Theology of Revelation part 4

Christianity, Theism, and the Answer of Thomism

The analogy holds true because Christ, when He is truly the center makes possible our speech about God and provides at the same time relationality and our own infinite difference from God simultaneously. This happens in the centrality of Love as our starting point. I prize the Christocentric nature of theology and think Barth rightly raises an alarm but fails to do justice to theology as such in his rejection of the analogia entis.

Of course Christians are far more than theists, and rightly should reject appropriately the desire to equate an autonomous Nature with the person of Christ. But when we rightly make the Christocentric claim we see the infinite qualitative difference between nature as fallen which in this case is what Bonhoeffer called the unnatural.

The analogy of being (analogia entis) holds true because God has claimed nature in Christ, their division in the work of Barth is almost an equal opposite dualism, nature is not synonymous with Christ, but has been claimed by him and what is True is His claim. Eschatological, Christocentric nature holds true for our analogia entis. The fialures of love are understood, the divine manifestation continually stands as a testament to us of the failures we’ve made manifest, but the event also draws us up into the genuine experience of something we’ve known, or it seems we have anticipated without being able to grasp it fully.

The world we see cannot exhaust what God wishes to say, but because we have the sacraments, because we have physical perfections already in our midst, we can know things objectively. We have been given Truth, and He descends to us, to shape the way we think and act according to the Love that once was pure gift without fulfillment. We begin with Christ’s claim about and over nature, because of the eschatological imagination we have been given as a gift.

Nature is not an autonomous wholesale rejection of revelation. Given Barth’s context I can only empathize with his radical rejections. However, liberal German theology’s lack of Thomism as well as his own only exacerbates the problem, it does not solve it.

While St. Thomas might have a weak Christological center at points, his work is not synonymous with idolatry. It only needed re-Christification after some post-Tridentine speculation led it to become the framework of various bastardizations that the nominalist Thomists had inspired. If you’ll alow me to be so bold, I’d say Barth’s work provides information towards a foundation but not a proper framework for that re-Christification.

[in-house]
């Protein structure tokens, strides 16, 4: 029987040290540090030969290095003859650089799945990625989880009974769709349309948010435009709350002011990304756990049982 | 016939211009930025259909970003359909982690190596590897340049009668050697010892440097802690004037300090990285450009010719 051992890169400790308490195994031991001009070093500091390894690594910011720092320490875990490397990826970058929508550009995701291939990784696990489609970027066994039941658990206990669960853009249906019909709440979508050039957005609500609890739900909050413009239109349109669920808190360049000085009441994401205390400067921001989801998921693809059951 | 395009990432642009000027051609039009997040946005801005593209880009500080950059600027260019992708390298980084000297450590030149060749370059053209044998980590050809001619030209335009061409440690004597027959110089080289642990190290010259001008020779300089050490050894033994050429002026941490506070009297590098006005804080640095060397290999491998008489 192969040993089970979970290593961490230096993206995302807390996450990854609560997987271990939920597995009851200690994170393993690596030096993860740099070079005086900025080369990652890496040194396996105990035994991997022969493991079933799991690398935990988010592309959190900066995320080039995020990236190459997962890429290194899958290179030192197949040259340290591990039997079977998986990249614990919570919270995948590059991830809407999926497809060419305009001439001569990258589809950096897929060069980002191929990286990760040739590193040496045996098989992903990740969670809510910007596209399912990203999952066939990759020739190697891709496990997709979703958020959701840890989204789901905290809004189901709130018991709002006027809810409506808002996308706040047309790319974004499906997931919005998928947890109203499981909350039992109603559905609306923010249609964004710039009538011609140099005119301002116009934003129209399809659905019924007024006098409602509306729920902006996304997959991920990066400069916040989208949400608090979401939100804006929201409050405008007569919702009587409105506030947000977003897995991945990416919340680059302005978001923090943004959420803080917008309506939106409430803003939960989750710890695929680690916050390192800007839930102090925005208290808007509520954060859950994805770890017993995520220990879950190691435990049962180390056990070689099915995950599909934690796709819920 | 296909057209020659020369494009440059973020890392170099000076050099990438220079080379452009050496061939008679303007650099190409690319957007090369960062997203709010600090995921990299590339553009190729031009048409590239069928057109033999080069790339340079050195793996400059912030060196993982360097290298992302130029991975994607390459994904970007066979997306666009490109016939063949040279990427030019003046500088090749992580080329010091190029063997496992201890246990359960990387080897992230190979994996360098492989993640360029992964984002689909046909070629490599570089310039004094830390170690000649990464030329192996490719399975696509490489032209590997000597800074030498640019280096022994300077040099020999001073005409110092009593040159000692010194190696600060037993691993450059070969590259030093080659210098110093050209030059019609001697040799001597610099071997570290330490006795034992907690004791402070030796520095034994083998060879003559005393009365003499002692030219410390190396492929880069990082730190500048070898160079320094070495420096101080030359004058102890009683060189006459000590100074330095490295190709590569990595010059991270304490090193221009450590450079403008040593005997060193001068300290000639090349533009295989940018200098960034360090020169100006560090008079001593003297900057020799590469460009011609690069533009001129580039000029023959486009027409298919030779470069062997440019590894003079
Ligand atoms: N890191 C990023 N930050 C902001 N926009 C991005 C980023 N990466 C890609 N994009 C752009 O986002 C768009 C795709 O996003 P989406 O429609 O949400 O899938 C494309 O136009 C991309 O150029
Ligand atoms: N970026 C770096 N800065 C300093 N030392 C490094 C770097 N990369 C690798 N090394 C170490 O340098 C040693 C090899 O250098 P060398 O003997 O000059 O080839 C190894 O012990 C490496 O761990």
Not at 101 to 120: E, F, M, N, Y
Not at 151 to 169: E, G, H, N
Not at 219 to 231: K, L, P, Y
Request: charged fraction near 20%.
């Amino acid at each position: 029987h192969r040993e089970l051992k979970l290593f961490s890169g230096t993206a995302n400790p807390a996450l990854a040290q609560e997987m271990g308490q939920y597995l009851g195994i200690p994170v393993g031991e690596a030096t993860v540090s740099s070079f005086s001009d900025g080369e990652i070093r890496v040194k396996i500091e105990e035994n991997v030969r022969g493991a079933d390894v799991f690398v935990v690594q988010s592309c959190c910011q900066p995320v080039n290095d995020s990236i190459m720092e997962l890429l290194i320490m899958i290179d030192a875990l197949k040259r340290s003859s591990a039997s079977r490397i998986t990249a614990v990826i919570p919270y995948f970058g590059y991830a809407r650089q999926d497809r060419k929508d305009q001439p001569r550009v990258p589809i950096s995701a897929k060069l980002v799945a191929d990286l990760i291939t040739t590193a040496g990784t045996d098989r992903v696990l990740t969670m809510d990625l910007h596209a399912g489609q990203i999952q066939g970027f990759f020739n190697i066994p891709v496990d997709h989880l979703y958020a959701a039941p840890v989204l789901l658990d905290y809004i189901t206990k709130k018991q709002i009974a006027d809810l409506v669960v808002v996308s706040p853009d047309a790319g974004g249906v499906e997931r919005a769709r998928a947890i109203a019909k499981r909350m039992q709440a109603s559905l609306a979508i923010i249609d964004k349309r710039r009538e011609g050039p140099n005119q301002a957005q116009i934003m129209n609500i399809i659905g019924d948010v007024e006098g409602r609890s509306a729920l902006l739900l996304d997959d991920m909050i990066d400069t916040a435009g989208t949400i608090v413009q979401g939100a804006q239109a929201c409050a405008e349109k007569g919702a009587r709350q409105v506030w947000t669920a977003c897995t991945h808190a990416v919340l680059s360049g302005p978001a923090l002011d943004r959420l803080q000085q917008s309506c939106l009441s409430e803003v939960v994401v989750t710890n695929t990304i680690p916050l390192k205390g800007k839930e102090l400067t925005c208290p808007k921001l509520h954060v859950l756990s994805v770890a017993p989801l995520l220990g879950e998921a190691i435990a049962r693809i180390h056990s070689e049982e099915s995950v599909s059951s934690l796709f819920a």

The analogia entis was radically criticized by Karl Barth as “the invention of the Anti-Christ.” Yet what Barth fails to realize is that the Thomistic approach does not actually divide the two natures of Christ asunder but provides ample room for the communication of attributes. It provides the framework for Von Balthasar’s correction of Barth. It is Barth’s failure to understand Thomism that leads him to a wholesale rejection of both analogia entis in particular and natural theology in general. However, this as I have stated elsewhere in the series is not the proper solution at all.

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4 thoughts on “Theology of Revelation part 4

  1. Eli, you are definitely chopping wood in the woodshed with this series! I hope your flock appreciates the heavy-lifting you are doing in their behalf, as well as for your own self-articulation of these theological problems.

    It’s really interesting for me to view these Christian mind-scapes again, and I don’t mean that pejoratively or as a Zen jibe–honest! 🙂 And yet, finally, thank goodness for the “simplicity that is in Christ,” no?

    All the best,
    Steve

    • I enjoy these exercises, i see them as a sort of active meditation. I know that I’m growing in and with them, and some of my readers and friends have responded kindly.

      At the end of the day, let’s be glad that things are simple in their complexity, and complex in their simplicity, and that not everyone needs to venture this far out into the woodshed.

      I don’t hope to make this standard fare for all, but I do hope to inspire the idea that the faith is challenging on all levels, to all people. It’s simple beauty in love of God and neighbor is matched by the majestic heights and depths to which it seeks to make known the fullness of our quest.

      The academy is nothing without true disciples, this much is true. But without disciples shaped in truth, the church veers off into wild speculation and obsessions with the signs of the times.

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